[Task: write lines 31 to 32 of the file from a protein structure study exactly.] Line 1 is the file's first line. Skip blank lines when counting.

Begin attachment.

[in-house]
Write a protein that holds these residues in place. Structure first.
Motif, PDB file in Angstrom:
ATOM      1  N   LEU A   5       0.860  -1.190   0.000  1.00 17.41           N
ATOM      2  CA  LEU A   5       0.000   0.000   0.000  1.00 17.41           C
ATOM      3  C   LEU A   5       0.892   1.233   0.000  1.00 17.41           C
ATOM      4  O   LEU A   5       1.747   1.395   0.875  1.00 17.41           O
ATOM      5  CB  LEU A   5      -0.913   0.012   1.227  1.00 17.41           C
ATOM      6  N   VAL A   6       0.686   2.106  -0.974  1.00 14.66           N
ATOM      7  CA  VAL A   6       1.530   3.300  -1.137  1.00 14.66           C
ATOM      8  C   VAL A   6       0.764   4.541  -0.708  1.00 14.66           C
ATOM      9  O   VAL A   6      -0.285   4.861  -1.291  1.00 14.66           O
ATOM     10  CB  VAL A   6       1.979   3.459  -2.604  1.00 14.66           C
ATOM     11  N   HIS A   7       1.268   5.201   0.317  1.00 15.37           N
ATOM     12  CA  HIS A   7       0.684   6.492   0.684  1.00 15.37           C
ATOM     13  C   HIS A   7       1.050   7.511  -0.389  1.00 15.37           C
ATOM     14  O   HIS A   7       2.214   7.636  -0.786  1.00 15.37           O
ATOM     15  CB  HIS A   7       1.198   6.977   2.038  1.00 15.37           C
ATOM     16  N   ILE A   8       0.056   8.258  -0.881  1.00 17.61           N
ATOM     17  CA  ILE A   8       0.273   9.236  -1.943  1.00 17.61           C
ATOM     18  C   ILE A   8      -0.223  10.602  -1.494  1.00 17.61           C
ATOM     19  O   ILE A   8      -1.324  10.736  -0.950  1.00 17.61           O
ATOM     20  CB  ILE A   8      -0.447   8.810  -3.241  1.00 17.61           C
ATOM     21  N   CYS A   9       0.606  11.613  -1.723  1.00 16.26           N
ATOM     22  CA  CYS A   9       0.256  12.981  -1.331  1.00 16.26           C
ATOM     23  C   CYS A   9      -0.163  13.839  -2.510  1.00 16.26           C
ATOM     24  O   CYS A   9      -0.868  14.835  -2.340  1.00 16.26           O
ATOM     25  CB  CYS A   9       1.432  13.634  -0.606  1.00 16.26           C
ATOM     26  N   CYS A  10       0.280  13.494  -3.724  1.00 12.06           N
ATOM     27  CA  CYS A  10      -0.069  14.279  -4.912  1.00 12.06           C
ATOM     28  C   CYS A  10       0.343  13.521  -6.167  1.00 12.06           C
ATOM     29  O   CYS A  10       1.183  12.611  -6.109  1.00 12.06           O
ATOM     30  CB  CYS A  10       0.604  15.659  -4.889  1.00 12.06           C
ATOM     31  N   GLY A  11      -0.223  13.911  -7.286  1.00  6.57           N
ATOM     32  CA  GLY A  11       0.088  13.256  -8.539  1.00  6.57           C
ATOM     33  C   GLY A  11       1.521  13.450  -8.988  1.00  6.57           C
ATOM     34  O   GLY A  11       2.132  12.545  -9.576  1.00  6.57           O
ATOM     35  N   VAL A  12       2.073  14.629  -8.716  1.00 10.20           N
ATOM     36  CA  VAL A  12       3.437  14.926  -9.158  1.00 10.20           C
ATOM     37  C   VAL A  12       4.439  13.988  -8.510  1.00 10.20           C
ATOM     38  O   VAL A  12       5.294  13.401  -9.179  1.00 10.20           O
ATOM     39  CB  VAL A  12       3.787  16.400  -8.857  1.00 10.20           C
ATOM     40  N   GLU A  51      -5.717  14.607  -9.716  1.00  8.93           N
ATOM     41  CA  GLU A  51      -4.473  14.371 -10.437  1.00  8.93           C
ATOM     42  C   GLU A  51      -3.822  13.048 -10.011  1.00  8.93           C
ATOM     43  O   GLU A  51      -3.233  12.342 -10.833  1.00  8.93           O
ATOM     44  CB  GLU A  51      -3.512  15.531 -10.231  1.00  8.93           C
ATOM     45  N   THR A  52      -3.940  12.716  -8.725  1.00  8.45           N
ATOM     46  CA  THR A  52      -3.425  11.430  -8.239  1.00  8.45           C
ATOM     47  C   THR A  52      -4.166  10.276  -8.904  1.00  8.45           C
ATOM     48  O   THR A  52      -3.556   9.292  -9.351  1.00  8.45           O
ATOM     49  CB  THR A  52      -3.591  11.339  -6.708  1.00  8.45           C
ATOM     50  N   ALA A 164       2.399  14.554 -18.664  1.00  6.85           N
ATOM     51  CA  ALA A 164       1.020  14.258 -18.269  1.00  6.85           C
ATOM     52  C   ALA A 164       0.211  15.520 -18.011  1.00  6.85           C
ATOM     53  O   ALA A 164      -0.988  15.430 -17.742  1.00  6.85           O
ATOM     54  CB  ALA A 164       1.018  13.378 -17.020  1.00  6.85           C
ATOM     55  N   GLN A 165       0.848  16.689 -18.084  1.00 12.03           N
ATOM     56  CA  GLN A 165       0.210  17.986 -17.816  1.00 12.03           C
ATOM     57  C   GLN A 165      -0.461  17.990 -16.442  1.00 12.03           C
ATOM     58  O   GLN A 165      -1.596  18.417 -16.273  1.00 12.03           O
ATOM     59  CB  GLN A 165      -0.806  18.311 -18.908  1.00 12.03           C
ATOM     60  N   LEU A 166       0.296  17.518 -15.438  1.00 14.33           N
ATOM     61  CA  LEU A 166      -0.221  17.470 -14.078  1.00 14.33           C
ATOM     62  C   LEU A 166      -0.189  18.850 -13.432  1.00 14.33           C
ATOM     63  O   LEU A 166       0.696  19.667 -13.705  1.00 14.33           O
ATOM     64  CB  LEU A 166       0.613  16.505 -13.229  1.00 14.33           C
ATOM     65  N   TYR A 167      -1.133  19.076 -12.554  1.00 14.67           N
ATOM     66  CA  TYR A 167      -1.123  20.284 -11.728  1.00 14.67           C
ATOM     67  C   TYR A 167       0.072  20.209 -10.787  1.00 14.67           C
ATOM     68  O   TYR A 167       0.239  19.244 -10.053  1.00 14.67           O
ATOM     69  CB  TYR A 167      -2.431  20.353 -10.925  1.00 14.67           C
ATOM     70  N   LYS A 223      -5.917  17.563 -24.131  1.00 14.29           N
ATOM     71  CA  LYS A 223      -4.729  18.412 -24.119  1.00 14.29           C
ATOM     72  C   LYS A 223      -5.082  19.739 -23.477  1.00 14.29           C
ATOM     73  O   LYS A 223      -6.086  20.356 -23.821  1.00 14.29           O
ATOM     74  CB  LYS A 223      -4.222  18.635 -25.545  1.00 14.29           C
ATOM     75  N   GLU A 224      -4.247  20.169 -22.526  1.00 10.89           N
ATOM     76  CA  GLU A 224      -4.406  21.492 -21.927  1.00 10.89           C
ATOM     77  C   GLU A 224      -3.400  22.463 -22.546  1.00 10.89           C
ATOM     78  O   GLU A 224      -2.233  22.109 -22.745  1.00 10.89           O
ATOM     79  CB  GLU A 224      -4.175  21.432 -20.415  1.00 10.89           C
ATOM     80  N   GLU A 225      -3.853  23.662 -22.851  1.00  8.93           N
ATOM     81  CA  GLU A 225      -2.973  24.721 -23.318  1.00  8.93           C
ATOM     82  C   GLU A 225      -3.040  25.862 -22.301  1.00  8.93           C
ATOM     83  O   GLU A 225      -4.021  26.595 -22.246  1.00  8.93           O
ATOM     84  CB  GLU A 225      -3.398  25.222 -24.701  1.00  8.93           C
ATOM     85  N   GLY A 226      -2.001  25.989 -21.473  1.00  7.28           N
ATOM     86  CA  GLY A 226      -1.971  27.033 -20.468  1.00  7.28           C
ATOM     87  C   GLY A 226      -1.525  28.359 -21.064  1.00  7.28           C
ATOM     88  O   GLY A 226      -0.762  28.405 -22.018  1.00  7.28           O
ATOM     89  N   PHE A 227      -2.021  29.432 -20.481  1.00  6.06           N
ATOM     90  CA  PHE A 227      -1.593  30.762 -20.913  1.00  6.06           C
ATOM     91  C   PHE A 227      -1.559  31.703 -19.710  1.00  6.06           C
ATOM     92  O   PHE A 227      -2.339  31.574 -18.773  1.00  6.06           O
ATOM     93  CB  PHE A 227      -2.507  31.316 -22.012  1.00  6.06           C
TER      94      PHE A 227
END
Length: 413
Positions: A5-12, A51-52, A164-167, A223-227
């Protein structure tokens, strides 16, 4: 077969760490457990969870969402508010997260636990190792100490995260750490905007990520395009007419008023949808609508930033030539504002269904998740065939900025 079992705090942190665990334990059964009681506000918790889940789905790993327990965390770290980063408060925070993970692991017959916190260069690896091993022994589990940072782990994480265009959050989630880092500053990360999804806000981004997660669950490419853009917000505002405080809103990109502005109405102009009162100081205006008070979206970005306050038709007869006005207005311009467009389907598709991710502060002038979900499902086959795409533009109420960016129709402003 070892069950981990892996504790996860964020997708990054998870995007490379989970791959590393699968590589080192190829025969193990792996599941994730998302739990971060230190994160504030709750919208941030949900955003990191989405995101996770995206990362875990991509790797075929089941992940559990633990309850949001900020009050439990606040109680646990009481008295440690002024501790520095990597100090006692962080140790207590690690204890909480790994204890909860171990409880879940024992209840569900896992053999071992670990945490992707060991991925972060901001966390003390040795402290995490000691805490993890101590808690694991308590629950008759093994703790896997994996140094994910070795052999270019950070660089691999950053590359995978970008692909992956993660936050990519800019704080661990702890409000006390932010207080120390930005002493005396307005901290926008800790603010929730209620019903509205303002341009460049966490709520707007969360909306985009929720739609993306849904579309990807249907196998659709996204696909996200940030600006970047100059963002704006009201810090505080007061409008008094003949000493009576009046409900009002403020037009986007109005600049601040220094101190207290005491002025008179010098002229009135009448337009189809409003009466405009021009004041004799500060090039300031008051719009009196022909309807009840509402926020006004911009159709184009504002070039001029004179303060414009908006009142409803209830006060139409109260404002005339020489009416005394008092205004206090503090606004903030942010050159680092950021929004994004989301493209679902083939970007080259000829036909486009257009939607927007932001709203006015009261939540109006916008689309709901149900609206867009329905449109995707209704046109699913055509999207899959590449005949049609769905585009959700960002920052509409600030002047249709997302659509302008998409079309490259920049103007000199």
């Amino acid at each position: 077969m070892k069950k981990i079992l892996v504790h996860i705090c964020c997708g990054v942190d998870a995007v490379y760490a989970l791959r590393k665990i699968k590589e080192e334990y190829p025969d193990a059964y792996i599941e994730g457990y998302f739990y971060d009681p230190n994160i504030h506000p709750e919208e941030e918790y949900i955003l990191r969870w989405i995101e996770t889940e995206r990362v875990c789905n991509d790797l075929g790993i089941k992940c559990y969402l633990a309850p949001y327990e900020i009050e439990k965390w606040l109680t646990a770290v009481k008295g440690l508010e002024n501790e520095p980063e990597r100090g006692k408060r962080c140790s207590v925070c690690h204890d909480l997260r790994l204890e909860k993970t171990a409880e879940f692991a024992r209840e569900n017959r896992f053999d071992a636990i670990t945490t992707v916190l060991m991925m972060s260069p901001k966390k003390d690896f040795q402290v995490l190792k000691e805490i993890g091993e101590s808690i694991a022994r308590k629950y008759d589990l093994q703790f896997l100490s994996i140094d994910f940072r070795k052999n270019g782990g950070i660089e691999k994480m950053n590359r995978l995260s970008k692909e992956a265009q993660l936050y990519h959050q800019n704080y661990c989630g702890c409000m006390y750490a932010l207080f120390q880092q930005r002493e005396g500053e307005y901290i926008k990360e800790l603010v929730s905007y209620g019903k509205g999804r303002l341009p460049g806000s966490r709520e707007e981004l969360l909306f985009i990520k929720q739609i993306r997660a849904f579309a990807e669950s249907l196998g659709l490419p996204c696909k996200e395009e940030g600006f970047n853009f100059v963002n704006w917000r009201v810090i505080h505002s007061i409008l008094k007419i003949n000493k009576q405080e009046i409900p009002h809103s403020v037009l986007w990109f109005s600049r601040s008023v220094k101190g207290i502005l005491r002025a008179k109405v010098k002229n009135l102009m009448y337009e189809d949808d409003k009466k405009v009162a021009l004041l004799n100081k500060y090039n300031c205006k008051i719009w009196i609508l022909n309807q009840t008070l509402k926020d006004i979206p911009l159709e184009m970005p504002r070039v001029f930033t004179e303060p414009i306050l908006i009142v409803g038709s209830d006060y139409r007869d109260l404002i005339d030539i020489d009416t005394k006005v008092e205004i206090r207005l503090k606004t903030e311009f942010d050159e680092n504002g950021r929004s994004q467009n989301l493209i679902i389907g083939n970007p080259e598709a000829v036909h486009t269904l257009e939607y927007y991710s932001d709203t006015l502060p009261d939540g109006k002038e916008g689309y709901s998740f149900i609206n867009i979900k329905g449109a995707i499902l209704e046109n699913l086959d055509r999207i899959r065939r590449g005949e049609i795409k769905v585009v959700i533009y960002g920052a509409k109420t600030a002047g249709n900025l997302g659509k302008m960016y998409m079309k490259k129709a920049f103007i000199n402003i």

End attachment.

ATOM     28  C   CYS A  10       0.343  13.521  -6.167  1.00 12.06           C
ATOM     29  O   CYS A  10       1.183  12.611  -6.109  1.00 12.06           O